Americans are preparing to observe the newest federal holiday on Sunday: Juneteenth, in honor of the June 19, 1865, occasion on which enslaved men and women in Galveston, Texas, found out they were free after the Civil War. Many will get a long weekend that includes Monday, June 20—but, especially given the holiday’s history, figuring out appropriate ways to mark that day is still a work in progress.
Already, companies are learning how not to celebrate Juneteenth. Walmart apologized for selling pints of Juneteenth-themed red velvet ice cream—which some said was similar to one sold by a Cincinnati-based Black-owned business Creamalicious. The Children’s Museum of Indianapolis apologized for selling a Juneteenth-themed watermelon salad in its cafeteria. And Dollar Tree garnered criticism from Black Twitter users for promoting Juneteenth-themed paper plates and napkins.
“You know that song ‘June Is Bustin’ Out All Over?’ It’s like Juneteenth is bustin’ out all over,” says Rev. John Mosley, who has been organizing Juneteenth gatherings in New Orleans since the early 1990s.
TIME talked to Black activists who have organized Juneteenth celebrations for decades—including campaigners who advocated for Juneteenth to become a national holiday, a goal they achieved in 2021. They all agreed that it will take some time for most Americans to learn the best ways to honor Juneteenth—and that some commercialization is to be expected. And they said that while summer gatherings with friends and family are totally appropriate for Juneteenth, those celebrations should ideally support the Black community in some way, and include an educational component—whether reflecting on the origins of the holiday and its legacy or participating in ongoing work to achieve full racial equality.
“I’m hoping that I don’t look up one day and see Juneteenth sales like you see Fourth of July sales, but of course at some point in the future it could happen,” says Deborah Evans, a spokesperson for the National Juneteenth Observance Foundation, which promotes educational programming about Juneteenth and advocated for Juneteenth to become a federal holiday. “We’ve been the stepchild of holidays for years. It was mainly within the Black community, so we do need to have more education as to what Juneteenth means. Right now, it is just a picnic day to a lot of people.”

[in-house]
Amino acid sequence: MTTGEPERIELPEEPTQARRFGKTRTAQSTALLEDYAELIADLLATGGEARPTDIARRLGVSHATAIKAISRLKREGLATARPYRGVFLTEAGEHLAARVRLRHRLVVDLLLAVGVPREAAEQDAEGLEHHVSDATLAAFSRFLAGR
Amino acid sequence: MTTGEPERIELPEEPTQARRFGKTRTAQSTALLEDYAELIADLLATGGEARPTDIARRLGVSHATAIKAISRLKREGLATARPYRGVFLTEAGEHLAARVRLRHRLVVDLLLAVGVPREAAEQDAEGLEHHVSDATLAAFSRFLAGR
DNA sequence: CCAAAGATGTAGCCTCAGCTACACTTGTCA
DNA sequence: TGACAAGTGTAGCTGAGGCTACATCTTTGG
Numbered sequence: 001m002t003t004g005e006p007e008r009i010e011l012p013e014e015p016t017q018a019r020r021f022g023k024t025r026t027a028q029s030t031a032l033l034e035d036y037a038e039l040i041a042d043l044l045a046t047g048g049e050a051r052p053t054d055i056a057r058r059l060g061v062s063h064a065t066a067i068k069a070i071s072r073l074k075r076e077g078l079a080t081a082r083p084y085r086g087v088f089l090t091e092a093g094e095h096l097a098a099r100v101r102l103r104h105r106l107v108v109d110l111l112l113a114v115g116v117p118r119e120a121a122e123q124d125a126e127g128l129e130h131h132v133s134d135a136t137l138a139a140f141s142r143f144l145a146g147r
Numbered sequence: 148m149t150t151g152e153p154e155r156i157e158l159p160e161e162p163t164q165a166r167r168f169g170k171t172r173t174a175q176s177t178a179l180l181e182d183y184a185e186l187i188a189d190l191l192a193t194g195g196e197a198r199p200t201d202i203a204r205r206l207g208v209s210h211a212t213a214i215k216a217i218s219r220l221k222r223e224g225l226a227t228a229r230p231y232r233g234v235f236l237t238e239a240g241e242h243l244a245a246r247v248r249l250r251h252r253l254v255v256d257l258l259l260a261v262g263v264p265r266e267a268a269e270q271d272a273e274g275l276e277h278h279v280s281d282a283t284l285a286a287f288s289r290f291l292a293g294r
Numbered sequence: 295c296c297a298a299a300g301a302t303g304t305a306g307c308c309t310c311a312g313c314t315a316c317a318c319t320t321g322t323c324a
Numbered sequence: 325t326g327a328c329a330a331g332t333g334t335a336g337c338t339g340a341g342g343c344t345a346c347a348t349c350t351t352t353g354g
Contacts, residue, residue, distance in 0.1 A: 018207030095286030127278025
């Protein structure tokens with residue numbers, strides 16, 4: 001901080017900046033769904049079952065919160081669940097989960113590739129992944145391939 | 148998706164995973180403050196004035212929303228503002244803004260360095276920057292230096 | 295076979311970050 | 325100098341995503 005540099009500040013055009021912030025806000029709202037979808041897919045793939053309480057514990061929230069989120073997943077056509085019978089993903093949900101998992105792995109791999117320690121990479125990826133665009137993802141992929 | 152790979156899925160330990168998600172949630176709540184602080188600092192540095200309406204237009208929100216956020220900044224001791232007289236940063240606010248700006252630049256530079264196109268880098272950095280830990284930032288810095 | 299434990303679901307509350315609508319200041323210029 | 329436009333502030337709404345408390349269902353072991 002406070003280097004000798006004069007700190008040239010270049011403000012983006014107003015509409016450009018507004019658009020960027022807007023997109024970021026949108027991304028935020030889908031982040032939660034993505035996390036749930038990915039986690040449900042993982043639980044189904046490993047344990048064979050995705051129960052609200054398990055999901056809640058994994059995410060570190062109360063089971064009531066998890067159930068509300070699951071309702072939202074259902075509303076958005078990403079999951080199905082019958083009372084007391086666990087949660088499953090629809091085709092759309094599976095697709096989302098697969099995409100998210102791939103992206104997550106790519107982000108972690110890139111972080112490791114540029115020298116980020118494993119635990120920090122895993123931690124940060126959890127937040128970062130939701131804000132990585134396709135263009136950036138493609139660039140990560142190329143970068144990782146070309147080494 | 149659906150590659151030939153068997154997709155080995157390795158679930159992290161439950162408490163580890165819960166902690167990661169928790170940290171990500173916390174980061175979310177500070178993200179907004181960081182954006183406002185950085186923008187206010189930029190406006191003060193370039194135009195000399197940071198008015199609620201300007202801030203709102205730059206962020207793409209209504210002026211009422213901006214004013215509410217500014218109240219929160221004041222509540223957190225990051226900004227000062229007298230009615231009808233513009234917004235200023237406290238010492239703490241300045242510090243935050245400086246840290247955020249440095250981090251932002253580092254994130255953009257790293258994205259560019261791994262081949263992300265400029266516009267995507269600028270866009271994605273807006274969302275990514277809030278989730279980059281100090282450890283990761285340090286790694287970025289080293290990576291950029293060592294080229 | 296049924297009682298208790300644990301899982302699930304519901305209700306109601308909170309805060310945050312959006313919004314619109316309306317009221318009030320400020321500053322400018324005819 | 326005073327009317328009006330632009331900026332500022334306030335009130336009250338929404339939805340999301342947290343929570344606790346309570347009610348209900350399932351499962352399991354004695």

Cliff Robinson, who runs the website Juneteenth.com which lists Juneteenth celebrations nationwide, says that people should think of Juneteenth as another Memorial Day—which commemorates Americans who died serving their country or Veterans Day—which celebrates those who served. Reacting to Walmart’s Juneteenth ice cream debacle he says, “We don’t have a Veterans Day ice cream, we don’t have a Memorial Day ice cream.” He suggests companies make a special effort to partner with Black entrepreneurs and companies for the holiday because Juneteenth “is all about healing and righting the wrongs that resulted from slavery.”
Many Juneteenth celebrations, Robinson says, involve going to church, so he encourages people to go to a church where the minister will talk about Juneteenth. Churches have always been a place of refuge in the Black community. Juneteenth church services may include a gospel choir performance, and this year, the National Juneteenth Observance Foundation is asking houses of worship to post on their doors General Order No. 3, the 1865 document that notified enslaved Texans of their freedom.
Steve Williams, President of the National Juneteenth Observance Foundation who advocated on Capitol Hill for Juneteenth to be made a national holiday, said proper Juneteenth gatherings should include readings of the “freedom documents”: the Emancipation Proclamation; the 13th Amendment, which abolished slavery; and General Order No. 3.
Juneteenth celebrations are relatively new, even to many in the Black community. Ronald V. Myers founded the National Juneteenth Observance Foundation more than 25 years ago, and got Juneteenth on the calendars in 43 states and the District of Columbia. While the day has been observed in various ways since 1865, Juneteenth became more popular after the civil rights movement of the 50s and 60s. It grew in prominence in 2020 after the murder of George Floyd helped spark racial-justice protests across the country, and particularly after former President Trump’s attempt to host a rally on Juneteenth in Tulsa, Oklahoma, a place where, 100 years earlier, a mob of white residents had burned down a neighborhood known as Black Wall Street, killing as many as 300 of their fellow Black Tulsans.
Ninety-five-year-old Juneteenth activist Opal Lee of Fort Worth, Texas, who witnessed President Joe Biden sign the bill that made Juneteenth a national holiday last year, says she hopes Juneteenth becomes a day of service. At the very least, she says, her wish is for people to do one kind act for someone.
“I don’t mean we just come together and celebrate. We’ve got to look after each other,” says Lee. “I don’t mean you’ve got to do something stupendous: Smile at somebody or watch the children while their mother goes to the store, or help an old lady like myself across the street.”
But Juneteenth activists also hope that the holiday will encourage people to talk about what is needed to end racial disparities year-round.
“Juneteenth ain’t a Black thing, not a Texas thing. It’s about freedom for everybody,” says Lee. “As long as we have joblessness, homelessness, and health care that some can get and others can’t, and climate change—all these things need to be addressed for us to be free.”
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Write to Olivia B. Waxman at email@example.com